Brook was always interested in getting people together to talk about all kinds of art, music, writing, theater, movies, photography, fashion, broadcast, etc. “That’s the beauty of owning a gallery. You promote dialog.”

One of the topics Brook has expounded on over the years is the importance of exposure. He feels that many tend to hide their work. They finish a piece and never show it to anyone. Brett Sokol, the New York Times art writer who happens to live in Miami, quoted Brooke in an article he wrote years ago for the Miami New Times. Brook said, “It’s much better to have your work on the wall of somebody’s house than sitting in the corner of your studio in a pile. As great an artist as you think you’re gonna be, you’ve got to get it out there, and that means letting it go for a little cheaper. They have these formulas for selling art. How many hours did you work on it? What was your medium, your materials? If you calculate all that stuff out, and then add in the dealer commission, by that time it’s expensive. So look, cut the price, get it out there.”

Brook is very much a realist. That’s why he has not only survived, but prospered over the years. His mother gave him one bit of advice that served him well for most of his career. When the family all moved from New York to Miami, she told him to get a college degree in something he would like other than art. She said it was important to have something to fall back on. Brook, who was always an eager beaver, wanted to make sure his love and interest in art was never at risk. He immediately enrolled in Miami Dade College and then Barry University focusing on computer science. For most of his art career, he has had a day job in technology for the cruise industry. Brooke, who says he is a damn good coder, loves the fact that computers gave him the freedom to express his creative side.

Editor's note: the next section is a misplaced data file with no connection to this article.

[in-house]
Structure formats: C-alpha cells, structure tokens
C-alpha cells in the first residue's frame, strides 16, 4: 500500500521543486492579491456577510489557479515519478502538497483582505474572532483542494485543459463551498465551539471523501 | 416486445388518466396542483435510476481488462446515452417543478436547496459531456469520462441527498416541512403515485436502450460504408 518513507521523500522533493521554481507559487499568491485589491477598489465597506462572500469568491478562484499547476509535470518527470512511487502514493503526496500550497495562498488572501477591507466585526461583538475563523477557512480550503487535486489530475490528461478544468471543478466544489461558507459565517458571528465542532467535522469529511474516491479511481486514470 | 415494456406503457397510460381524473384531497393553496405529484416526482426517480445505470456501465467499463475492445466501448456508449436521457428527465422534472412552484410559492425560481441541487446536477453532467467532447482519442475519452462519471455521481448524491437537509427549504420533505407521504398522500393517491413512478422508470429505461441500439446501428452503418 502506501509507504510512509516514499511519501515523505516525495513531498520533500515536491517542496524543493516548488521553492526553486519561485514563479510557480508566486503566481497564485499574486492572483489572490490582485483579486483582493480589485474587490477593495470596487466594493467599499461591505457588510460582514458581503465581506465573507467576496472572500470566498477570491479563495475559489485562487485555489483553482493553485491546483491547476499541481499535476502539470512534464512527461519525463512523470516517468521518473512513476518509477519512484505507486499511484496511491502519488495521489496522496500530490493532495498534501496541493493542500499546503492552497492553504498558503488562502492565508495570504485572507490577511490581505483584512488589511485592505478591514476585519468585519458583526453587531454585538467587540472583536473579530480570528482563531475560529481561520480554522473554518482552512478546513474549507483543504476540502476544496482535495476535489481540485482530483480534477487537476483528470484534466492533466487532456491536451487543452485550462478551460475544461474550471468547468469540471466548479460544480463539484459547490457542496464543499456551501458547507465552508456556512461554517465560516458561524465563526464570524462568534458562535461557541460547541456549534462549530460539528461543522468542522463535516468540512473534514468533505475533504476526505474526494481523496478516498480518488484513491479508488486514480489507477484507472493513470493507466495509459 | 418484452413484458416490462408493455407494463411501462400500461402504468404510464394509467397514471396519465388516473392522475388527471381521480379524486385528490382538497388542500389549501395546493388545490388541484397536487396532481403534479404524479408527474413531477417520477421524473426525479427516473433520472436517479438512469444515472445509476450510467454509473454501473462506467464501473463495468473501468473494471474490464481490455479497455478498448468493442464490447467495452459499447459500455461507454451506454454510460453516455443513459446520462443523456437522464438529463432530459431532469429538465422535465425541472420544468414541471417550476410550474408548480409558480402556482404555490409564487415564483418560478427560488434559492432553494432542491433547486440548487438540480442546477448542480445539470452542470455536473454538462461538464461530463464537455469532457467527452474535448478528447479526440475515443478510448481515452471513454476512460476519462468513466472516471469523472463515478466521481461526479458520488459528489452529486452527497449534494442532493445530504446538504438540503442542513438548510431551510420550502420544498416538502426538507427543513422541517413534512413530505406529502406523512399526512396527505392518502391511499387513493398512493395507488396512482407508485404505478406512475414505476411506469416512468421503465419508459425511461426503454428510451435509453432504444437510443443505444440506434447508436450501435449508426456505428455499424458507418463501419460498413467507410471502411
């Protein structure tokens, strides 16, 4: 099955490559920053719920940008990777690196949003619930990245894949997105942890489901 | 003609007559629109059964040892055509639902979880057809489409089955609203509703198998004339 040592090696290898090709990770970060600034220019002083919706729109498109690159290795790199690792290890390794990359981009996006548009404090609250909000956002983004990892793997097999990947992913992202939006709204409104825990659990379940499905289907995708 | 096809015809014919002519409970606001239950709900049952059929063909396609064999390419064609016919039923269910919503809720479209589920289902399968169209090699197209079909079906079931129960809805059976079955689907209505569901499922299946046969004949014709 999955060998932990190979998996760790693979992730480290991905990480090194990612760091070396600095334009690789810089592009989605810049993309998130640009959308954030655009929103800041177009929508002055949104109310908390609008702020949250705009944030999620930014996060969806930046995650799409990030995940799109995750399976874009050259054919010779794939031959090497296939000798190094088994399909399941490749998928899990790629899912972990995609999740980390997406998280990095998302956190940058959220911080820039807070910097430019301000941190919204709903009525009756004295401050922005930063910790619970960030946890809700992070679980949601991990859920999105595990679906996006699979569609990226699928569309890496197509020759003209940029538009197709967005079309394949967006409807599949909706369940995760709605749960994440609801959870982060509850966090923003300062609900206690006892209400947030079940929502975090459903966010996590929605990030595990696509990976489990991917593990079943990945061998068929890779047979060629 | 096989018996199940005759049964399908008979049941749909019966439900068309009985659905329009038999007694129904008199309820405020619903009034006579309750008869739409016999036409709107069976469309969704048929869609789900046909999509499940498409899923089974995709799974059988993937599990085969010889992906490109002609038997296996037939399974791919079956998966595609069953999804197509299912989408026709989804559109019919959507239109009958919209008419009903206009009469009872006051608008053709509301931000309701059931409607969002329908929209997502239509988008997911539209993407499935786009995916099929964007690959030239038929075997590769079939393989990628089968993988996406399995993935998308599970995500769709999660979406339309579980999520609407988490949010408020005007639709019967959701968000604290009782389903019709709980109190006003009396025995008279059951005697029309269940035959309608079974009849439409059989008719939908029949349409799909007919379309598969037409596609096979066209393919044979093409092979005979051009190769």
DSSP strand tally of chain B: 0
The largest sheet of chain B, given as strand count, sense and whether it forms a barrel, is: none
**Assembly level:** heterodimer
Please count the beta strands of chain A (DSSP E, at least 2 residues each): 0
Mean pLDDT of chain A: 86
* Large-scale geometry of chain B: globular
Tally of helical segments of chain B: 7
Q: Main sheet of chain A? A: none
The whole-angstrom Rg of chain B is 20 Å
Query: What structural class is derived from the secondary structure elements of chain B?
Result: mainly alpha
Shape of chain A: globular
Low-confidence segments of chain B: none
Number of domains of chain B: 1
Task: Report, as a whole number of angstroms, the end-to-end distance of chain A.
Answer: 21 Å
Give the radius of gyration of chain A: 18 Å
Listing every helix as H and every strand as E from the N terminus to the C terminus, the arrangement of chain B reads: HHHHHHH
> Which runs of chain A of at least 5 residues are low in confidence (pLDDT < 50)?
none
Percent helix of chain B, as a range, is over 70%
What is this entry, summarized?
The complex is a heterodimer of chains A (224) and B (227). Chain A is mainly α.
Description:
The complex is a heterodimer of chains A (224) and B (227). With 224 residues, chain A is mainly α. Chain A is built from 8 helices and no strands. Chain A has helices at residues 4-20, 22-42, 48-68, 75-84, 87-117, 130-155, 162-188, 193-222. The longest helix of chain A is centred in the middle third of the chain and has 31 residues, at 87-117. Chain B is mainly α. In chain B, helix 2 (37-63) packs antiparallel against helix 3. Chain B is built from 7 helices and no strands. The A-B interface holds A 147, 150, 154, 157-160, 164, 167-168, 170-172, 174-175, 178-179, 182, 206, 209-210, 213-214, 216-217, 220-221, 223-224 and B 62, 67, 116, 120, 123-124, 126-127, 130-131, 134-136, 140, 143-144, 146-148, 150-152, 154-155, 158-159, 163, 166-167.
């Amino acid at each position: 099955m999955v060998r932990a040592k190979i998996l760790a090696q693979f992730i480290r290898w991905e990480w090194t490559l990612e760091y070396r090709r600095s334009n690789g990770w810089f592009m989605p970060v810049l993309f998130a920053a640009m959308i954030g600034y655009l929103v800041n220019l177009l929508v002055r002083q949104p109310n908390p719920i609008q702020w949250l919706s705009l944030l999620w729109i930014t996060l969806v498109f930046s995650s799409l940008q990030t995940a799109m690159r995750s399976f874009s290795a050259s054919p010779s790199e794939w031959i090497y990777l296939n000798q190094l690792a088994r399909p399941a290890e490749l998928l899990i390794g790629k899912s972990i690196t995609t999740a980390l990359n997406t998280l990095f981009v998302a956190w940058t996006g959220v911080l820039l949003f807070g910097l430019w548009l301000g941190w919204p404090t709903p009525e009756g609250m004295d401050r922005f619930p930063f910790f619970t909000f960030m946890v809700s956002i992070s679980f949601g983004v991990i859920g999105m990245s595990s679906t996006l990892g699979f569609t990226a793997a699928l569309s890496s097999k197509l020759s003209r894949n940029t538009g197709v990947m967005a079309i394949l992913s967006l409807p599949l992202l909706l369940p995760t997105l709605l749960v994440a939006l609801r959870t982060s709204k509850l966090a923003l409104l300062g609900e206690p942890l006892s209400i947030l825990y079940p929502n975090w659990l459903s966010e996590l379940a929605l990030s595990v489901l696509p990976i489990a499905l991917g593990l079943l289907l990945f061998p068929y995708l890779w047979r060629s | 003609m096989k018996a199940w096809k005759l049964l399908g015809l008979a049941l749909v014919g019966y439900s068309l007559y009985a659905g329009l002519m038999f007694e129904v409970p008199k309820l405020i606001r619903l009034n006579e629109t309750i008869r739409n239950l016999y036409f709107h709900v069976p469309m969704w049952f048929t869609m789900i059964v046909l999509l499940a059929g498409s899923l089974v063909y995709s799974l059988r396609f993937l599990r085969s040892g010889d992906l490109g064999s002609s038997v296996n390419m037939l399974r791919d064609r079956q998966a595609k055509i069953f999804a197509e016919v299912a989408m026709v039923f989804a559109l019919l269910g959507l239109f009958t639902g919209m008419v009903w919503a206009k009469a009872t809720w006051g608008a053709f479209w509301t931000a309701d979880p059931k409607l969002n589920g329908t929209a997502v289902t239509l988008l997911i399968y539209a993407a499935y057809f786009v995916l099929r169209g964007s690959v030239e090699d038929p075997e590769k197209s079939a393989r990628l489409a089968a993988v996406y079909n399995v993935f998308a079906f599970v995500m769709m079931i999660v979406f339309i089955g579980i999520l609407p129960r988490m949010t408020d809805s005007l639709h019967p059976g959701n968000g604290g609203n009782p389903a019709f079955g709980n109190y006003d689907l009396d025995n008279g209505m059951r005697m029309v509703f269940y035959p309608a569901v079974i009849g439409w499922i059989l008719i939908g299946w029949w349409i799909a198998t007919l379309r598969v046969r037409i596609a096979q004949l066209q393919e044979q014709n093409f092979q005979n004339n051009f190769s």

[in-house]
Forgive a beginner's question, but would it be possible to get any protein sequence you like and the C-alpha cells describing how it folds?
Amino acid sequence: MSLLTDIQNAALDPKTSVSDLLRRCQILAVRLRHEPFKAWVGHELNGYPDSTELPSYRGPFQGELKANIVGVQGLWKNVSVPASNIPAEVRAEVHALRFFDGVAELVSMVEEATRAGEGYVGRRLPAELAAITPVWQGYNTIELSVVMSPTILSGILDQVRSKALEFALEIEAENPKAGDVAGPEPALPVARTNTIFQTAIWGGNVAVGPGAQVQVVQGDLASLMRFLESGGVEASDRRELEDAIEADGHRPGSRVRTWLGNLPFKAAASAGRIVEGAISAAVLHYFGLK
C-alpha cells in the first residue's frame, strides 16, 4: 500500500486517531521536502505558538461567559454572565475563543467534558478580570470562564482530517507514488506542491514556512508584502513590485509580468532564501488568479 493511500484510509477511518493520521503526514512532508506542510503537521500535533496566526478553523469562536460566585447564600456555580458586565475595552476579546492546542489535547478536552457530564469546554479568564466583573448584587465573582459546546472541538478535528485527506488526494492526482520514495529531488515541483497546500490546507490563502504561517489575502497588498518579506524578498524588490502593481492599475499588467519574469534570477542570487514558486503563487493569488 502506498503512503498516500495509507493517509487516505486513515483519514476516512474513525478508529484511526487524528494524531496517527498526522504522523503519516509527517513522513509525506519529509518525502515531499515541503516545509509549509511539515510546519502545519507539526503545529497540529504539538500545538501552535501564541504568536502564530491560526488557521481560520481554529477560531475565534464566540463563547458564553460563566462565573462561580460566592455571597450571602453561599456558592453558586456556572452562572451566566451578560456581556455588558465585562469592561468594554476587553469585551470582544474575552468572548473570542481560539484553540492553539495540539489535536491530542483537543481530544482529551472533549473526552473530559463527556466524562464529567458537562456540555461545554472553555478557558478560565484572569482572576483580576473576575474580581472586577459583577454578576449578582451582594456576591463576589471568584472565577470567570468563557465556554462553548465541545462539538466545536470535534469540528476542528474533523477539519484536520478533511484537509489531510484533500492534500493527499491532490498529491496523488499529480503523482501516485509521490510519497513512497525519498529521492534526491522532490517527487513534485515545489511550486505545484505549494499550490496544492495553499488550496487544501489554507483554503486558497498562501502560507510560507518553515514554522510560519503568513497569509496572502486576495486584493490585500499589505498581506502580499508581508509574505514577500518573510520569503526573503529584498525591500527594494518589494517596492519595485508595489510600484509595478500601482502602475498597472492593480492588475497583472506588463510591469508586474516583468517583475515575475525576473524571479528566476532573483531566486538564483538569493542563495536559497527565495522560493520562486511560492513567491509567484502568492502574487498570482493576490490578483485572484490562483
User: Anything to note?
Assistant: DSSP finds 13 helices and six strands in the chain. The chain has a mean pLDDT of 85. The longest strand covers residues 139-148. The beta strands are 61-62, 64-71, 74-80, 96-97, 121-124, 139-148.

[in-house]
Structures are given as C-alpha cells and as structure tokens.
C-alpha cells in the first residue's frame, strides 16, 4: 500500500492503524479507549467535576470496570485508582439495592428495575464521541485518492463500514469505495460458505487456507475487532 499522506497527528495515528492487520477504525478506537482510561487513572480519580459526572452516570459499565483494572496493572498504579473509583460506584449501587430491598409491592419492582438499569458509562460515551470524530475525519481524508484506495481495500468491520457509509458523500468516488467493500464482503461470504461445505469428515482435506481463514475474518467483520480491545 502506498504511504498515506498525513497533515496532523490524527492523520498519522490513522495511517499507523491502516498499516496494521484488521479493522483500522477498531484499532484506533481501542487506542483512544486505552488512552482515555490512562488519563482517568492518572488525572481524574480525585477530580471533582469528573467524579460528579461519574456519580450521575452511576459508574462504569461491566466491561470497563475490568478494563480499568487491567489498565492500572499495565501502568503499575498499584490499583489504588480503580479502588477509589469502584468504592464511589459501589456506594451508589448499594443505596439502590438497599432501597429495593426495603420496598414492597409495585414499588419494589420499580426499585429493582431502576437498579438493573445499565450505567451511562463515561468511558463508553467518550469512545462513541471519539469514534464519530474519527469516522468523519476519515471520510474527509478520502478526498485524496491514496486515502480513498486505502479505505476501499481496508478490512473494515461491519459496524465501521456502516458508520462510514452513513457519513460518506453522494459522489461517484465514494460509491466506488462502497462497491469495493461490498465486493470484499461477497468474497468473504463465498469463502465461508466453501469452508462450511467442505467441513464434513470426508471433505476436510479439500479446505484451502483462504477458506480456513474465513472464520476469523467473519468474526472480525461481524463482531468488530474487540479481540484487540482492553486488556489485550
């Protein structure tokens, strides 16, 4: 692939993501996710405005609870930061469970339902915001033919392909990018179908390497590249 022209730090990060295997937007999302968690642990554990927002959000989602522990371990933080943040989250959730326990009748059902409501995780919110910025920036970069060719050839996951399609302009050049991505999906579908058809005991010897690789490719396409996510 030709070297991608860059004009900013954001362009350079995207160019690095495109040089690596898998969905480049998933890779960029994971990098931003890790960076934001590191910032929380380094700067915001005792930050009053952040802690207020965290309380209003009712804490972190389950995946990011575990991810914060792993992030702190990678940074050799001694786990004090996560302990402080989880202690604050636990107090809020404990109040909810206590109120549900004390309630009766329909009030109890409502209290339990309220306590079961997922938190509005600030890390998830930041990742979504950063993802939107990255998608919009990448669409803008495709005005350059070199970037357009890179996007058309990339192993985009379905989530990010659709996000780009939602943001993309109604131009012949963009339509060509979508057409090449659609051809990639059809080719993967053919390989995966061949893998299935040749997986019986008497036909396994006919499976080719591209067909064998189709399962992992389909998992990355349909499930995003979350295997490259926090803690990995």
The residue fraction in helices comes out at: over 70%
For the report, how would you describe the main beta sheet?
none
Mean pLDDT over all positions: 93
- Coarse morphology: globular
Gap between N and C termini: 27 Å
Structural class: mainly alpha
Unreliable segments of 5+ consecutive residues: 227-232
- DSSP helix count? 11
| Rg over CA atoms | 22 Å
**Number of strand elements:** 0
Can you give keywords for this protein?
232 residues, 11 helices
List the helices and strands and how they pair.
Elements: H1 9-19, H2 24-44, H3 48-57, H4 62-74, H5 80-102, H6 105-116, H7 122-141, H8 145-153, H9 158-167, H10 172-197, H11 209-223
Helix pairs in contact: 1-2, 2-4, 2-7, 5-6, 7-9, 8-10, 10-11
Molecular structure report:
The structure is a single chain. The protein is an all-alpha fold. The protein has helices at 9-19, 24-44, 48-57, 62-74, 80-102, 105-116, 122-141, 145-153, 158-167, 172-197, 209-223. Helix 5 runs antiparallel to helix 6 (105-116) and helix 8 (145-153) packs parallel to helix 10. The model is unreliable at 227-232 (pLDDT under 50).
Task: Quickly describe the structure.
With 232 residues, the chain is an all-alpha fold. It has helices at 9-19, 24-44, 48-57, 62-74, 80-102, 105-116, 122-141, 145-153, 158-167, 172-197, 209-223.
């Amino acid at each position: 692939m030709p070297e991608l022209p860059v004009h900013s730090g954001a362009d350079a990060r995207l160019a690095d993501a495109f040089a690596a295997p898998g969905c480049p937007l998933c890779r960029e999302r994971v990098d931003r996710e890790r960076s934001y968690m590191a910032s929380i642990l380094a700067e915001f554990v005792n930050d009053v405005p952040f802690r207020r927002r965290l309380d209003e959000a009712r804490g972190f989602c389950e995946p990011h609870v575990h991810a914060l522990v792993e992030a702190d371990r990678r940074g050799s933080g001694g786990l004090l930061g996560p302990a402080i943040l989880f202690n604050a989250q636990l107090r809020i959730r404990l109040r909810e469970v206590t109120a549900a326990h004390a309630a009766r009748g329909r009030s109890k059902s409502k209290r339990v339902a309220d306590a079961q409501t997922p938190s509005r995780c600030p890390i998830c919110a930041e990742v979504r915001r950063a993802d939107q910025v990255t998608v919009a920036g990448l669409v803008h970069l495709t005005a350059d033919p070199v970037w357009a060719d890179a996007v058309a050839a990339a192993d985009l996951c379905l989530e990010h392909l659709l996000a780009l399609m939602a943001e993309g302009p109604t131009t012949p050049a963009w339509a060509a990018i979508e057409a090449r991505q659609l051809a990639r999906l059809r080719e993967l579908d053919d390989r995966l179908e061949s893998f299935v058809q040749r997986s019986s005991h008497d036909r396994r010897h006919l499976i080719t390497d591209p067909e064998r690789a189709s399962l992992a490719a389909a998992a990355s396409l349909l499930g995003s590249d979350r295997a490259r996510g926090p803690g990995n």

Brook’s wife, Tyler Emerson-Dorsch, joined the gallery as a co-owner in 2008 after earning a Masters from the Center for Curatorial Studies at Bard College. In 2013, the Dorsch Gallery was renamed to Emerson Dorsch. “Tyler brought in a strong academic territorial practice to the gallery. Tyler leads the curation of our shows and she is the resident writer for all of our materials. She brings in all of the professionalism we were missing.”

In January 2020, Ibett Yanez del Castillo joined the gallery as Director. Ibett was the Director of the de la Cruz Collection from its inception until 2019. Ibett runs the day to day operations. She gives Brook and Tyler great flexibility to focus on the future.

In June 2015, the gallery relocated to a building Brook and Tyler bought in Little Haiti because they wanted a gallery that offered more versatility. There is now room for art installations and outdoor performances. We are part of a migration of small businesses and art galleries from Wynwood to Little Haiti and Little River. Other galleries close to our new location are Nina Johnson, Pan American, and Anthony Spinello.

The gallery represents South Florida artists as well as emerging and mid-career visiting artists: Jenny Brillhart, Clifton Childree, Robert Chambers (sculptor), Felecia Chizuko Carlisle, Elisabeth Condon, Yanira Collado, Karen Rifas, Onajide Shabaka, Magnus Sigurdarson, Robert Thiele, Mette Tommerup, Frances Trombly, and Paula Wilson. Emerson Dorsch’s solo exhibitions include: Walter Darby Bannard, Corin Hewitt, Victoria Fu, Michael Jones McKean, Brookhart Jonquil, Siebren Versteeg, Arnold Mesches, Tameka Norris, Gustavo Matamoros and Saya Woolfalk.

Emerson Dorsch now offers cultural events as well as visual arts such as concerts and dance performances. Gestured artists include: Iron and Wine, SSingSSing, Arthur Doyle, Cock ESP, Otto von Schirach and Awesome New Republic.

Emerson-Dorsch Gallery recently celebrated its 31st anniversary.